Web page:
Rail travel is a good alternative to flying because it often allows you to depart from the centre of a city, travel at speed to your next destination, and arrive at the very centre. Flying means airports!!
I just hate modern airports, don’t you? You have to get there, queue and fight over baggage limits at check in, go through all the security, walk miles to the gate, be crammed into a small seat, fed rubbish food, arrive at your destination, and then even more hassle and expense to finally get to your hotel. A simple 1 hour flight between two major cities can take up the best part of a day. And travelling long distances by intercity coach is slow and just plain boring.
So if you have a distance to travel and there is a good high speed train option then why not use it? It will be less hassle than a flight, and may even save you money. Furthermore, to quote Mark Smith, The Man in Seat Sixty-One, “A train journey is an experience, an integral part of your visit/holiday, whereas with a flight, your holiday is put on ‘pause’ while you shift your posterior from one place to the next.” Mark’s website is by far the best on the internet for rail information as well as booking rail travel, and I thank him for some of the info in my blog. Thinking of travelling by rail? Then a visit to The Man in Seat Sixty-One is essential.
Do you know that by intercity fast train you can travel from London to Paris, be there for lunch, and enjoy dinner in Nice, Milan or Barcelona? You can travel from Moscow to St Petersburg, 750 km in just 4 hours, 1300 km from Beijing to Shanghai in just over 5 hours, and the 340km from New York to Washington in just 3 hours 20 minutes. And the prices will please you.
Alternatively, your reason for choosing rail may be to travel on one of the world’s scenic or great epic rail journeys, purely for the experience – but more about that later. Let’s now look at the travelling independently by rail and what that may entail. Her are a few useful tips.
Fitness. You don’t have to be super fit for rail travel, but if you have mobility problems you will have to choose your journeys very carefully so that you only travel on sectors which cater for those less mobile. And perhaps give some thought to booking a meet and greet service in advance, so that when you do alight from the train there is someone to look after the luggage and drive you to your hotel. It could be money well spent. You can often find yourself with a long walk getting to or from your carriage.
Overpasses can be another challenge, requiring you to carry your luggage up and down lots of steps to reach your platform. I have found this quite common on stations in the UK with no lifts or escalators in sight. And in Beijing, the pedestrian bridge to cross the 6 lane highway to get to the station to board the Trans Mongolian train was quite a challenge with my luggage!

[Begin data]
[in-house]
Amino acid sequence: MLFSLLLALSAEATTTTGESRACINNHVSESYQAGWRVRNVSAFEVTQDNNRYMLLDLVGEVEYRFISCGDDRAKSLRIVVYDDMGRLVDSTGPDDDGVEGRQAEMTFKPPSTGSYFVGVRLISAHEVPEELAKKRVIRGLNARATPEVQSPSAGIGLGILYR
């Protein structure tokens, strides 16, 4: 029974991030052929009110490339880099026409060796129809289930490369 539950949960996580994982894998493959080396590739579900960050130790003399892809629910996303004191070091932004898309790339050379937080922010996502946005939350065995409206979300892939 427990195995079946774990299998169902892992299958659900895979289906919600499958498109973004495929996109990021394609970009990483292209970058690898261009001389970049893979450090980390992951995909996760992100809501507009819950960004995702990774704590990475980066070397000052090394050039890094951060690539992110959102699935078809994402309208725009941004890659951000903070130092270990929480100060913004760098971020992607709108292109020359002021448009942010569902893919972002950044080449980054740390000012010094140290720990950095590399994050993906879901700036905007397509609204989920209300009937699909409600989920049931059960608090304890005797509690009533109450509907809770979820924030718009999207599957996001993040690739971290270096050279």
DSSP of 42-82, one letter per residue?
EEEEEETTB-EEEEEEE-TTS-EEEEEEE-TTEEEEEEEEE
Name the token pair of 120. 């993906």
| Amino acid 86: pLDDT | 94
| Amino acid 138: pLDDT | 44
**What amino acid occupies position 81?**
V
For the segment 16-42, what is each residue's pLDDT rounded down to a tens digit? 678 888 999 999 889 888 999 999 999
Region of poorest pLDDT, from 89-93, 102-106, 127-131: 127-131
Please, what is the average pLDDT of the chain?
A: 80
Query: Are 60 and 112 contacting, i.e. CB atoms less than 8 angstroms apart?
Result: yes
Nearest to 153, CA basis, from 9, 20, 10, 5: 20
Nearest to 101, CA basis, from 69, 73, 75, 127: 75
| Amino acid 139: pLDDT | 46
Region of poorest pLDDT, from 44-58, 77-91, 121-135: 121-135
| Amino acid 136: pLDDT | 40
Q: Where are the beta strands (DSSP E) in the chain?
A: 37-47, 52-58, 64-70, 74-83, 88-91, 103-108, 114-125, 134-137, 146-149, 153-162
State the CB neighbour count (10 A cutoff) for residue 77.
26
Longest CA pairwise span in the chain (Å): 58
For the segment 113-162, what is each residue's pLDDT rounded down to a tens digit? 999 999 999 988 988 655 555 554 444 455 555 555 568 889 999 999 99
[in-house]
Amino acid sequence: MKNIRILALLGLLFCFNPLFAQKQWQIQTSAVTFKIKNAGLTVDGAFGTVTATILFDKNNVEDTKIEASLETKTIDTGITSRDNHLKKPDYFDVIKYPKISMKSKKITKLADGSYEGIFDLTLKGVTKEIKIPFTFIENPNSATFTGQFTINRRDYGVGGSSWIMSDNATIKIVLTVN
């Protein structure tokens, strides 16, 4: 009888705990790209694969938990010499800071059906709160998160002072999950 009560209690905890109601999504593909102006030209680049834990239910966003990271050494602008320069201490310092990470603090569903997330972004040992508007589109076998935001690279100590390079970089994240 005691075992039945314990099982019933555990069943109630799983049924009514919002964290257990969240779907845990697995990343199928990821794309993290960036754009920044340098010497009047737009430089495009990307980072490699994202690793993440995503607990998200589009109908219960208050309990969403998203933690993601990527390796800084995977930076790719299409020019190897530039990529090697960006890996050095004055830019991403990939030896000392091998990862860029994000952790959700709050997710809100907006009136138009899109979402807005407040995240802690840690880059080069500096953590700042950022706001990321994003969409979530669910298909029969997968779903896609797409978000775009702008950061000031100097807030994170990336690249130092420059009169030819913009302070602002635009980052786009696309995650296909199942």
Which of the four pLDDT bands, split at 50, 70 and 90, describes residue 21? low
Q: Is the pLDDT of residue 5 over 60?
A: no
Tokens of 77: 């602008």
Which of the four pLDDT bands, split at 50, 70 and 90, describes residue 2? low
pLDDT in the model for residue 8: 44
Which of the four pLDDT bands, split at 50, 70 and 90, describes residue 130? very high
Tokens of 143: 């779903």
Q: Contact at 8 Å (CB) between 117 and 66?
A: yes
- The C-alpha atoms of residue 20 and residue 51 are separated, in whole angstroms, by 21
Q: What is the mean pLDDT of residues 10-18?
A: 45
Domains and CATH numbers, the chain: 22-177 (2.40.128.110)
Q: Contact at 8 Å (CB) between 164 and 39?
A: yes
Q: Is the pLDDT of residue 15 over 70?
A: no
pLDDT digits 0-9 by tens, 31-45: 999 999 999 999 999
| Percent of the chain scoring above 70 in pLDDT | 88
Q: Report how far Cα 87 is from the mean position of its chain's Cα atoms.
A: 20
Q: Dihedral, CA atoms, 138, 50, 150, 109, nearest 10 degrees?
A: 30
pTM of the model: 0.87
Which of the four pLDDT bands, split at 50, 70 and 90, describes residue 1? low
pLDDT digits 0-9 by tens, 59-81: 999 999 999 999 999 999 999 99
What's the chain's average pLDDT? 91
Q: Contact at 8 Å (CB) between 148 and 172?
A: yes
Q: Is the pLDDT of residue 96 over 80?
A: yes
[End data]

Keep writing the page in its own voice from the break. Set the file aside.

Luggage. Clearly, if a considerable amount of rail travel is involved, keep the maximum number of pieces to two each (including handbag). And of course keep the size manageable and not too heavy. This is all common sense but often ignored.
Lifting luggage on and off trains can be a challenge when there can be large gaps and big step ups. When boarding a train from Kiev to Simferopol (Crimea) with a very heavy suitcase, I was so pleased that our large transfer driver had come right to the carriage where a big lift was involved! In countries like Switzerland it is not a problem, but getting on and off can be a challenge on many of the world’s railways.
Storage of large luggage on a daytime journey will normally involve placing it at the end of the carriage in dedicated racks, so it is always a good idea to be one of the first to board. Some modern trains now also have storage in the middle of each carriage so look out for that – can be useful. Sometimes large luggage can be stored between the backs of seats. Hand luggage can normally go above your head on racks, but keep valuables like passports, iphones, laptops etc with you in the seat.
When travelling overnight, you need your luggage in the compartment with you, so if you are sharing with strangers in, say, a 4-berth on the epic Trans Siberian, that can be interesting. You could occasionally be sleeping with your luggage! Personally, when travelling overnight, I like to have my own compartment for both comfort and security. For pictures and compartment plans of various trains try going to The Man in Seat Sixty-One.
Tickets and booking. For short trips on local trains, as in Australia, you buy your ticket at the station and cannot prebook. But when you are including a number of rail sectors into a holiday itinerary, the question is whether to buy/book individual sectors or buy a rail pass like Eurail or Amtrak. Here is some advice/guidelines as to how to choose.